The Vanguard newspaper in Lagos highlights a discouraging trend of Nigerian lawmakers declaring greater personal assets than they currently posses in order to build in a cushion that accounts for corrupt gains while in office. When those asset disclosures are finally reviewed years later, the inflated numbers sadly match reality.
The article mentions how the lack of a Freedom of Information bill in Nigeria hinders public access to asset disclosures, a situation further compounded by the Official Secrets Act. Official Secrets Acts across many Commonwealth nations are an unfortunate legacy of the British colonial period that provide officials with an easy excuse to withhold information from the public. We have seen this time and again in our work in Commonwealth countries around the world as well as in the UK itself, where the Act continues to undermine public access to government information.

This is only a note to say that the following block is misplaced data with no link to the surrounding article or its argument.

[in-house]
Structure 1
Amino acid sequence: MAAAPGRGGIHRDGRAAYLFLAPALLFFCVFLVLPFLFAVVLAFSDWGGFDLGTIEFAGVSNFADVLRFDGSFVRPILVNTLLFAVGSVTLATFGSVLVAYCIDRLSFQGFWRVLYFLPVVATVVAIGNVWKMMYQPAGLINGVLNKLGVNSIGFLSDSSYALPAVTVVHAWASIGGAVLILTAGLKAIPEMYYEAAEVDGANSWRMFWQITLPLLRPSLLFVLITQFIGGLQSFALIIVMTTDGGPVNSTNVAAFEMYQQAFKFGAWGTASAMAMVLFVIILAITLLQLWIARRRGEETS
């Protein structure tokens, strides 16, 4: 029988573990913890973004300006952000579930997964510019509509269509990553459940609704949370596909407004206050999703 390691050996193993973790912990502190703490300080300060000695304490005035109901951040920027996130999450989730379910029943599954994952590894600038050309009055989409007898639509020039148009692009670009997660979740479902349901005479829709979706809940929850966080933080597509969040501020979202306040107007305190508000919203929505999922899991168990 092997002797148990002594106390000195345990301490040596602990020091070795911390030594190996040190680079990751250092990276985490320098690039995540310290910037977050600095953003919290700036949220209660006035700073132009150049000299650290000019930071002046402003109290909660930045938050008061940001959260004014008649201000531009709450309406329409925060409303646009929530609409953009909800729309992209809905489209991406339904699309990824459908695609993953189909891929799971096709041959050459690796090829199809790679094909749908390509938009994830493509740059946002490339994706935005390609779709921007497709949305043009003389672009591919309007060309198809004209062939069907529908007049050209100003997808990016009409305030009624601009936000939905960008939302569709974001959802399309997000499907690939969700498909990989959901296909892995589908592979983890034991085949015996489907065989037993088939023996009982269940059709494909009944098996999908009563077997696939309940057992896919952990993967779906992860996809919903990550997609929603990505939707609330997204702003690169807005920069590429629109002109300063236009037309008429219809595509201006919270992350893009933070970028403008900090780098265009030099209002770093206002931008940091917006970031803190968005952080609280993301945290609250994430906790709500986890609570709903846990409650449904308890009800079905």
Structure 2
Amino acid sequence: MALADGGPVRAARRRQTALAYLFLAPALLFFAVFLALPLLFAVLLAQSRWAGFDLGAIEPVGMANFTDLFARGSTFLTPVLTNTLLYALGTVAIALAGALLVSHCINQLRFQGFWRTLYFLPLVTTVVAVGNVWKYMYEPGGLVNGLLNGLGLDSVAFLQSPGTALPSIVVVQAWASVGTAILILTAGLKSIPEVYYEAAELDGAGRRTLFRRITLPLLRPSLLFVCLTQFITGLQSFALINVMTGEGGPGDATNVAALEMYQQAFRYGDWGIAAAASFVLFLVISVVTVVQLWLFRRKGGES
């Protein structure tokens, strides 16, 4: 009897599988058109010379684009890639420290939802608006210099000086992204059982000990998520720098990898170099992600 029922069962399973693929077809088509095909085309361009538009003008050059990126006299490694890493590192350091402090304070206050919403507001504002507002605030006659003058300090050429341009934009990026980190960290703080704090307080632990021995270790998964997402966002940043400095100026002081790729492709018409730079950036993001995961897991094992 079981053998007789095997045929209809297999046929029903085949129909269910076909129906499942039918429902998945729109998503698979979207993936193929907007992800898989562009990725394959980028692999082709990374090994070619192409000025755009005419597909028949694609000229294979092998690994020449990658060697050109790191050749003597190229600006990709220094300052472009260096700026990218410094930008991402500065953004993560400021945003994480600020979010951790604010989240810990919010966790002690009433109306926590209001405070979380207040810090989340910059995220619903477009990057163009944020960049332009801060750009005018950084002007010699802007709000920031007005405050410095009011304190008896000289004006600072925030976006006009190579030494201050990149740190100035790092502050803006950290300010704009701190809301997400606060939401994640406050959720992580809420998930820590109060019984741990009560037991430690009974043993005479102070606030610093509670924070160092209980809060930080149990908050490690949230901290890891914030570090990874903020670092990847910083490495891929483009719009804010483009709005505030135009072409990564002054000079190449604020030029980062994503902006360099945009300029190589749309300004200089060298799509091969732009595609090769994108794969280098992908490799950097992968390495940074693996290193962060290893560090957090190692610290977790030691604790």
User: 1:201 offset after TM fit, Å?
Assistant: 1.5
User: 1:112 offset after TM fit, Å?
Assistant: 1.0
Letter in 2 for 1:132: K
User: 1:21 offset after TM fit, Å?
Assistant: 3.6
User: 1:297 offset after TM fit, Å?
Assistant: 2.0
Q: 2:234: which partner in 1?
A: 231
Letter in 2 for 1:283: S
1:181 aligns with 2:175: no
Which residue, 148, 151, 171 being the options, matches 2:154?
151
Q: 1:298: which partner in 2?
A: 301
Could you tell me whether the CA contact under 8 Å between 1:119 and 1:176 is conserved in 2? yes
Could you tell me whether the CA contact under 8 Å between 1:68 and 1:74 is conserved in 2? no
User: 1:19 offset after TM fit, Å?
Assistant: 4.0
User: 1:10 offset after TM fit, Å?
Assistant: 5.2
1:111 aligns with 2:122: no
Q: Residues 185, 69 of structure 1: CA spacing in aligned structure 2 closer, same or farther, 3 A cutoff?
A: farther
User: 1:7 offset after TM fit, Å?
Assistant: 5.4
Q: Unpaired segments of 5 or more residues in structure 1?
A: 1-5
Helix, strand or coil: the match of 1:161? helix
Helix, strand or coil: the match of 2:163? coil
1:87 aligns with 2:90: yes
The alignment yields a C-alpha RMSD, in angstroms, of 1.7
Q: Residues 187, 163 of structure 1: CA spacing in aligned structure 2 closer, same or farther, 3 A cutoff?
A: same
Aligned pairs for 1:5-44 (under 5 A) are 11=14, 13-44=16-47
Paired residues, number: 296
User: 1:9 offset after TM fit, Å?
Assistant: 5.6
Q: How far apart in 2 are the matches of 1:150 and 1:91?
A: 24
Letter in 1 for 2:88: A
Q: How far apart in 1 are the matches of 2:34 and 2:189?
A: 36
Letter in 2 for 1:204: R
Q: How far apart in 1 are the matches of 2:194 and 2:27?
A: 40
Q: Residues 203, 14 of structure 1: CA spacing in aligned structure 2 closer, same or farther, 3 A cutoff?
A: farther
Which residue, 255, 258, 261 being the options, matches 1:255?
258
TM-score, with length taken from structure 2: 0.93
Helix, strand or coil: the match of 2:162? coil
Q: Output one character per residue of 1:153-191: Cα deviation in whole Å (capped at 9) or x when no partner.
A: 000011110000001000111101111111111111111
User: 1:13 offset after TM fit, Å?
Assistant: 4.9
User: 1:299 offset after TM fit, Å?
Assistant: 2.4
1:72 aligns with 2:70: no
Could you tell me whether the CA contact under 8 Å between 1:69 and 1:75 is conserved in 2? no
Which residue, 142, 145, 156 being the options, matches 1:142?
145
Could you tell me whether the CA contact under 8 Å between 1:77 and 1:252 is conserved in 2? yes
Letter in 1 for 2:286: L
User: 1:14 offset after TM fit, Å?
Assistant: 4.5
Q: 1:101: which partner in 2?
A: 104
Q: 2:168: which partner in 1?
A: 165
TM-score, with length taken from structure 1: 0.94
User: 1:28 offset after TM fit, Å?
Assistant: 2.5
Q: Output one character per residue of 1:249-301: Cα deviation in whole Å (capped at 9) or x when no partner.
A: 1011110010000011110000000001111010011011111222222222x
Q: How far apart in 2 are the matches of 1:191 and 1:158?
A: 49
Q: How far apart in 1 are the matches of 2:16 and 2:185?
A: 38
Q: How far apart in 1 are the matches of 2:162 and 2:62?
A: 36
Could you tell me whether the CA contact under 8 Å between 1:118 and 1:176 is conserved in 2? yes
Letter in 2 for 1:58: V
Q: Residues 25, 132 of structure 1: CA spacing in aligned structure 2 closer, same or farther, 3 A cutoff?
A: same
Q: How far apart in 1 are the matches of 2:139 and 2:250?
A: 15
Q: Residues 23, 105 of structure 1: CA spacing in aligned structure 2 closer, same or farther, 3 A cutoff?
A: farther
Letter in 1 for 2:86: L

A related tidbit picked up in Global Integrity’s 2007 assessment of Nigeria: part of the problem with the Nigerian asset disclosure system has to do with classic bureaucratic inertia: the Code of Conduct Bureau claims that the National Assembly has the power to enact legislation making such disclosures regularly public, but the Assembly has never taken action to implement this authority. I can’t imagine why.
As more organizations (including the World Bank’s Doing Business initiative) begin to focus on tracking asset disclosure mechanisms around the world, we can only hope that some additional attention paid to this issue raises awareness over the need to focus on implementation, auditing of, and citizen access to asset disclosures, not just pretty laws on the books.
Doing Business plans to present some initial findings at a brownbag at the World Bank on Thursday May 15 for anyone interested (Room MC 9-100, 12:30-2:00 PM).
Update: The Doing Business Transparency questionaire (PDF).